Yoshioka (Ch. 3.1) uses the following reasoning to explain why the heat bath can be considered to be at a fixed temperature.

Since the heat capacity of the heat bath (reservoir) is much larger than that of the system under consideration (sample), the amount of energy exchanged between the systems is negligibly small compared with the total energy of the heat bath. Therefore, the heat bath can be considered to be at a fixed temperature.

I understand that if we assume infinite heat capacity for the heat bath, the temperature can be considered fixed; because you'd need an infinite amount of energy to raise the temperature.

Why is the difference in heat capacity relevant for the heat bath being at a fixed temperature?

I assume it is because with negligible energy transfer between the systems, we can assume the temperature of the heat bath to be fixed; because we assume that the total system, seen as a microcanonical ensemble, is isolated.

How can one show rigorously that the energy exchange is negligible because of the difference in heat capacity between the two systems?


Let the heat capacity of the bath be $C_0$ and the heat capacity of your test system $C_1$. If we transfer some quantity of heat between the two systems then the changes in temperatures are:

$$\begin{align} \Delta T_0 &= \frac{Q}{C_0} \\ \Delta T_1 &= -\frac{Q}{C_1} \end{align}$$

If we take the ratio the heat cancels out and we get:

$$ \Delta T_0 = -\frac{C_1}{C_0} \Delta T_1 $$

If $C_0 \gg C_1$ that is the heat capacity of the bath is much greater than the heat capacity of the test system we find $\Delta T_0 \ll \Delta T_1$ i.e. the change in temperature of the bath is negligible compared to the change in temperature of the test system. This is the justification for ignoring the change in tmeperature of the bath.

  • $\begingroup$ It's very neat to see that the result is independent with respect to the heat $Q$ transferred. $\endgroup$ – Mussé Redi Sep 9 '16 at 15:39

Heat capacity $C$ is the amount of energy needed to raise the temperature 1 degree (actually 1 Kelvin).

  • If the object added to the bath has a low $C$, little energy is required from the bath to heat it up to the new temperature.

But "little" is relative.

  • If the bath has a low $C$ as well, then only a little energy taken away from it will reduce it's temperature significantly.

If both have "a low value" (or "a high value") of $C$, the temperature is not constant. Their temperatures will just reduce and rise, respectively, and meet in the middle.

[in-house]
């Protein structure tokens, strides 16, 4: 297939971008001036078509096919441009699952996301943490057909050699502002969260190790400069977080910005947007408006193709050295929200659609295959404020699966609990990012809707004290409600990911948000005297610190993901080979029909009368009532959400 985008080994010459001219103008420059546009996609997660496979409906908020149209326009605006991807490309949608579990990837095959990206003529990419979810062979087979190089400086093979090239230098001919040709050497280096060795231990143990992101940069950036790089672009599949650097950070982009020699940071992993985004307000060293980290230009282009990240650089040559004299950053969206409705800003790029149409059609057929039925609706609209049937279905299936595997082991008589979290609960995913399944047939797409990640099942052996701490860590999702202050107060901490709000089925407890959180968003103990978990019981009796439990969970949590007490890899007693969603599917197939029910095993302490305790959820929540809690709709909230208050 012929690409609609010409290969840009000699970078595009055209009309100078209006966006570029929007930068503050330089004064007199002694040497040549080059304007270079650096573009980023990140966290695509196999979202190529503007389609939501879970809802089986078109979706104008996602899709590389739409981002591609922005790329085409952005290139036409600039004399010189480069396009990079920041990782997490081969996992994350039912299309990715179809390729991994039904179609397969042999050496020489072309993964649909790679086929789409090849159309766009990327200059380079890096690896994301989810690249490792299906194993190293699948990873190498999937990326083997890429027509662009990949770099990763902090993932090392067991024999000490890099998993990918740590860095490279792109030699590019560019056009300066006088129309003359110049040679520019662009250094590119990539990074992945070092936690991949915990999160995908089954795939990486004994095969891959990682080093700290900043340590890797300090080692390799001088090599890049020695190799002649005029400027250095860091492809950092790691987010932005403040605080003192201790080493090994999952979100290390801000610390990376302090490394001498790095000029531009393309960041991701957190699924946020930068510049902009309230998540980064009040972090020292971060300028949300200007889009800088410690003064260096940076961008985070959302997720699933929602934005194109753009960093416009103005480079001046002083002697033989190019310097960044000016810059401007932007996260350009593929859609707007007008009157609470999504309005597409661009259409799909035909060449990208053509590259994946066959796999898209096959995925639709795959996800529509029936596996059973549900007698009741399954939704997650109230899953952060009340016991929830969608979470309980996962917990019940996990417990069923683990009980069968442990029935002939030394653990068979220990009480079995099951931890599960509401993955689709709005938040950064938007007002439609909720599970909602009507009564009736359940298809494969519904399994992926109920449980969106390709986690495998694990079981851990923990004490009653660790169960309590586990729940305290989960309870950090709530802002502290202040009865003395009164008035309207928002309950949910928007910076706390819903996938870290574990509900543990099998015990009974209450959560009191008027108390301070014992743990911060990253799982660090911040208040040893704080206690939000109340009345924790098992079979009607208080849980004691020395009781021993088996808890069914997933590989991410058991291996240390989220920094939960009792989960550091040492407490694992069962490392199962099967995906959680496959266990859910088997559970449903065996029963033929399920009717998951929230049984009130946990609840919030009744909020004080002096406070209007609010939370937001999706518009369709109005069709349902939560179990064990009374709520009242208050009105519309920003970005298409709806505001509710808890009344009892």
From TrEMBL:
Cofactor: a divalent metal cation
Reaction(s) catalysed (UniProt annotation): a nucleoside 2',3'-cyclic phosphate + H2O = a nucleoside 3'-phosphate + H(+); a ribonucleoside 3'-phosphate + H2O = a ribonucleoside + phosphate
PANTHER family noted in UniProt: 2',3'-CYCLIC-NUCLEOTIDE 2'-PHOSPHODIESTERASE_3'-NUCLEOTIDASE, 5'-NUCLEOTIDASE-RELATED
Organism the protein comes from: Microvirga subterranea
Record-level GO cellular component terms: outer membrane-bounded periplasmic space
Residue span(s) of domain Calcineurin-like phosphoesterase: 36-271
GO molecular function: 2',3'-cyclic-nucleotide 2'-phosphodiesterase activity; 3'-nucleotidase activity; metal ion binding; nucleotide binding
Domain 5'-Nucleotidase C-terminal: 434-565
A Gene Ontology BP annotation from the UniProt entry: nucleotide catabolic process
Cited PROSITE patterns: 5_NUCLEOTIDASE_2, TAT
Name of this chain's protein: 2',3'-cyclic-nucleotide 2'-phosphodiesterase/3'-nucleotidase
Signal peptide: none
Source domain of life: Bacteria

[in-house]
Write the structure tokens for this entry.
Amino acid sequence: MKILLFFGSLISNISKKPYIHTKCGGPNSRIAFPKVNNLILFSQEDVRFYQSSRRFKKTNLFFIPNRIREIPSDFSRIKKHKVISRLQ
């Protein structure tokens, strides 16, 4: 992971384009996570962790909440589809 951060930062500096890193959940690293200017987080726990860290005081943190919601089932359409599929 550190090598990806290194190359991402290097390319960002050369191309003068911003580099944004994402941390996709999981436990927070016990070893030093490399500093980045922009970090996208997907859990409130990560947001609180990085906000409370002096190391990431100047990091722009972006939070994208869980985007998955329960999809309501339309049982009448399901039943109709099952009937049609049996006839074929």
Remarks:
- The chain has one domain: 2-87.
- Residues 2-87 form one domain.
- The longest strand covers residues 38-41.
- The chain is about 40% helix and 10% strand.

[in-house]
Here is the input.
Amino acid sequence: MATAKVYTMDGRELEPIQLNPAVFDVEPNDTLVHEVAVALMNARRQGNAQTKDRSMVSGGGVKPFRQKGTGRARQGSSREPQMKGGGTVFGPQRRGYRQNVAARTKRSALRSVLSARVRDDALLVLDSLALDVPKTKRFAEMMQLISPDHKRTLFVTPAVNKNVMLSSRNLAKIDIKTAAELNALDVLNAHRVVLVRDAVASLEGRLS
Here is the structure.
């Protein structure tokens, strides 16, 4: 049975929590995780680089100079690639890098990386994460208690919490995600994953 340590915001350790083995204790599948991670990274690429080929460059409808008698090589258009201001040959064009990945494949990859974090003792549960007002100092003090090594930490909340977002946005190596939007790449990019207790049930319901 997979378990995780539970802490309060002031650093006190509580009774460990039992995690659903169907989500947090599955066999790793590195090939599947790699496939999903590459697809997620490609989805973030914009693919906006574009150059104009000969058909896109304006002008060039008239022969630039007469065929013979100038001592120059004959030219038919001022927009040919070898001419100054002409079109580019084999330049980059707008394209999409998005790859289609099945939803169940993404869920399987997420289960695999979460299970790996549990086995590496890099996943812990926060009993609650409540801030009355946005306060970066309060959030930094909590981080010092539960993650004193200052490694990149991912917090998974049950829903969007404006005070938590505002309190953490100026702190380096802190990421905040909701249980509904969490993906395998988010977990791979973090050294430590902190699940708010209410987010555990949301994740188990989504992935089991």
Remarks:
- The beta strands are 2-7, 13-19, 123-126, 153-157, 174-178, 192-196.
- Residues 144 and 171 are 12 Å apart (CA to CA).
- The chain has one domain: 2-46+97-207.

Low or high doesn't really matter - only the difference between their $C$'s is important, since having an object with low $C$ in a bath of high $C$ (the $C$ being low in comparison to the bath's $C$) will cause a much smaller amount of energy to be absorbed from the bath, than what will be needed to change the bath temperature significantly.

The size (mass) of object and bath is included in the heat capacity, $C=mc$, and is thus taken into account ($c$ being the specific heat capacity or the heat capacity per kg). Naturally all this depends on how big a temperature change that is needed - adding a white-hot iron bar into a water bath might cause temperature fall, while adding a less-hot iron bar into it might not.

  • $\begingroup$ Isn't your $c$ referring to the specific heat, as opposed to the heat capacity? $\endgroup$ – Mussé Redi Sep 9 '16 at 15:42
  • $\begingroup$ @MusséRedi Yes indeed. Aha, I actually thought you were referring to $c$ - I often see people leaving out the "specific". If that is not the case I will rewrite the anwser. I apologize for the confusion $\endgroup$ – Steeven Sep 9 '16 at 15:45
  • $\begingroup$ Yes, I did not refer to the specific heat. $\endgroup$ – Mussé Redi Sep 9 '16 at 15:46
  • $\begingroup$ @MusséRedi I have rewritten and hope I didn't cause confusion $\endgroup$ – Steeven Sep 9 '16 at 15:52
  • $\begingroup$ On the difference of heat capacities; yes, a relatively high heat capacity will keep the temperature more constant. However, I don't see, from you answer, why the difference in heat capacity implies that a smaller amount of energy will be absorbed from the bath. In fact, the sample will absorb energy more energy from the bath as the difference increases. $\endgroup$ – Mussé Redi Sep 9 '16 at 16:03

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